Bates’ work is particularly interesting as it explores the connections between the dynamic model and the search strategies and tactics that professional information-seekers employ. In particular, Bates identifies a set of 29 individual tactics, organised into four broad categories (Bates, 1979). Likewise, O’Day & Jeffries (1993) examined the use of information search results by clients of professional information intermediaries and identified three distinct “search modes” or major categories of search behaviour: (1) Monitoring a known topic or set of variables over time; (2) Following a specific plan for information gathering; (3) Exploring a topic in an undirected fashion.
O’Day and Jeffries also observed that a given search would often evolve over time into a series of interconnected searches, delimited by certain triggers and stop conditions that indicate the transitions between modes or individual searches executed as part of an overall enquiry or scenario. Moreover, O’Day & Jeffries also attempted to characterise the analysis techniques employed by the clients in interpreting the search results, identifying the following six primary categories: (1) Looking for trends or correlations; (2) Making comparisons; (3) Experimenting with different aggregations/scaling; (4) Identifying critical subsets; (5) Making assessments; (6) Interpreting data to find meaning.
More recent investigations into the relationship between information needs and search activities include that of Marchionini (2005), who identifies three major categories of search activity, namely “Lookup”, “Learn” and “Investigate”.
3. A TAXONOMY OF ENTERPRISE SEACH AND DISCOVERY
The primary source of data in this study is a set of user scenarios captured during numerous engagements involving the development of search and business intelligence solutions utilizing the Endeca Latitude software platform. These scenarios take the form of a simple narrative that illustrates the user’s end goal and the primary task or action they take to complete it, followed by a brief description of their job function or role, for example:
“I need to understand a portfolio’s exposures to assess portfolio-level investment mix” (Portfolio Manager)
“I need to understand the quality performance of a part and module set in manufacturing and the field so that I can determine if I should replace that part” (Engineering)
These scenarios were manually analyzed to identify themes or modes that appeared consistently throughout the set. For example, in each of the scenarios above there is an articulation of the need to develop an understanding or comprehension of some aspect of the data, implying that “comprehending” may constitute one such discovery mode. Inevitably, this analysis process was somewhat iterative and subjective, echoing the observations made by Bates (1979) in the identification of her search tactics: “While our goal over the long term may be a parsimonious few, highly effective tactics, our goal in the short term should be to uncover as many as we can, as being of potential assistance. Then we can test the tactics and select the good ones. If we go for closure too soon, i.e., seek that parsimonious few prematurely, then we may miss some valuable tactics.”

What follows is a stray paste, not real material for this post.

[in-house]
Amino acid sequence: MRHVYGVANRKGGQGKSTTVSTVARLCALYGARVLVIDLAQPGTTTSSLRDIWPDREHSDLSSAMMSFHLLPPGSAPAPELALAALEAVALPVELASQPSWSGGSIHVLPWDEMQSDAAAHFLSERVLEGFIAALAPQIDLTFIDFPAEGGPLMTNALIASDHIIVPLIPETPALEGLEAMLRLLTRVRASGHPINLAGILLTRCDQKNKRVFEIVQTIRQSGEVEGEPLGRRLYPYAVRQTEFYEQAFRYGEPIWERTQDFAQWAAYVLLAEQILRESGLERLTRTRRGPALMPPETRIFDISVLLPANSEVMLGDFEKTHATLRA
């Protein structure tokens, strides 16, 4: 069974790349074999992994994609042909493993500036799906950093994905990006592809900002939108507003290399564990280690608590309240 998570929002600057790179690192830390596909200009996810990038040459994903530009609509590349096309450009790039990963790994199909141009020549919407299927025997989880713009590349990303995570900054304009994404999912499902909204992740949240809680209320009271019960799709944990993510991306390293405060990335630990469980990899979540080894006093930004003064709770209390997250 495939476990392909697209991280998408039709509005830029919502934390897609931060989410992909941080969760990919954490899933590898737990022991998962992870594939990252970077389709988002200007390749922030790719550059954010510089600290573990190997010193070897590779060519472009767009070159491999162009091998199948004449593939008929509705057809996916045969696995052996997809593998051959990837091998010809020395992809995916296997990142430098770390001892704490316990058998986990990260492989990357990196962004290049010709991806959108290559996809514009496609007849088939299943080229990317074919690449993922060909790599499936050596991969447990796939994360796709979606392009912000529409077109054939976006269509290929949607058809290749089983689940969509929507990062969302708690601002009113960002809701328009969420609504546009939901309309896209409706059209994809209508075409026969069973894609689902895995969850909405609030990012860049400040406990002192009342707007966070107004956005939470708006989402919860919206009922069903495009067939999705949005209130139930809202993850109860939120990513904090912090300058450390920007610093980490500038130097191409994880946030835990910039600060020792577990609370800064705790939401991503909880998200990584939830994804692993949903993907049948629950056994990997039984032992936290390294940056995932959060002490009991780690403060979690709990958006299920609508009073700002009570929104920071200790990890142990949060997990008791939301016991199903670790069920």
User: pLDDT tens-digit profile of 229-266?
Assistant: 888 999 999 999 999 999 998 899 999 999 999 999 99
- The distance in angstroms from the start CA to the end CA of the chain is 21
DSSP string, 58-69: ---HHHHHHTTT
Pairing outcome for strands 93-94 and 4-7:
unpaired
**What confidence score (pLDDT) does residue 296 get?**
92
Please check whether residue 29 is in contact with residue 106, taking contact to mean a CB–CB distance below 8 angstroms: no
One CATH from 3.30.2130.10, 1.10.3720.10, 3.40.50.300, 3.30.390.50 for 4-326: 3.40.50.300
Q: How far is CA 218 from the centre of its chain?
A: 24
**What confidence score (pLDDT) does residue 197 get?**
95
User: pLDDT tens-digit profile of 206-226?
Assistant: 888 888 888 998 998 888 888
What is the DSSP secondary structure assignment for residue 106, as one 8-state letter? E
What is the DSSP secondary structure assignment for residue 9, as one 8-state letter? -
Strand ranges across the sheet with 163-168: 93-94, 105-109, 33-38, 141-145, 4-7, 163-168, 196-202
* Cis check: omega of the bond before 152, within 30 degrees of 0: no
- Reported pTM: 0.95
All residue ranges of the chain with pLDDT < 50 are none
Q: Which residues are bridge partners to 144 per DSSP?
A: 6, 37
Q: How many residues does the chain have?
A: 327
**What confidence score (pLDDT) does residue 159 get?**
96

There are however some guiding principles that we can apply to facilitate convergence on a stable set. For example, an ideal set of modes would exhibit properties such as: Consistency (they represent approximately the same level of abstraction); Orthogonality (they operate independently to each other); and Comprehensiveness (they address the full range of discovery scenarios).
The initial set of discovery modes to emerge from this analysis consists of a set of nine, arranged into three top-level categories consistent with those of Marchionini (2005). The nine modes are as follows, each shown with a brief definition:
1a. Locating: To find a specific (possibly known) item;
1b. Verifying: To confirm or substantiate that an item or set of items meets some specific criterion;
1c. Monitoring: To maintain awareness of the status of an item or data set for purposes of management or control
2a. Comparing: To examine two or more items to identify similarities & differences;
2b. Comprehending: To generate insight by understanding the nature or meaning of an item or data set;
2c. Exploring: To proactively investigate or examine an item or data set for the purpose of serendipitous knowledge discovery
3a. Analyzing: To critically examine the detail of an item or data set to identify patterns & relationships;
3b. Evaluating: To use judgment to determine the significance or value of an item or data set with respect to a specific benchmark or model
3c. Synthesizing: To generate or communicate insight by integrating diverse inputs to create a novel artefact or composite view
Evidently, the output of this process has been optimized for the current data set and in that respect represents an initial interpretation that will need to evolve further. For example, “monitoring” may appear to be a lookup activity when considered in the context of a simple alert message, but when viewed as a strategic activity performed by an executive in the context of an organisational dashboard, a much greater degree of interaction and complexity is implied. Conversely, “exploring” is a concept whose level of abstraction may prove somewhat higher than the others, thus breaking the consistency principle suggested above.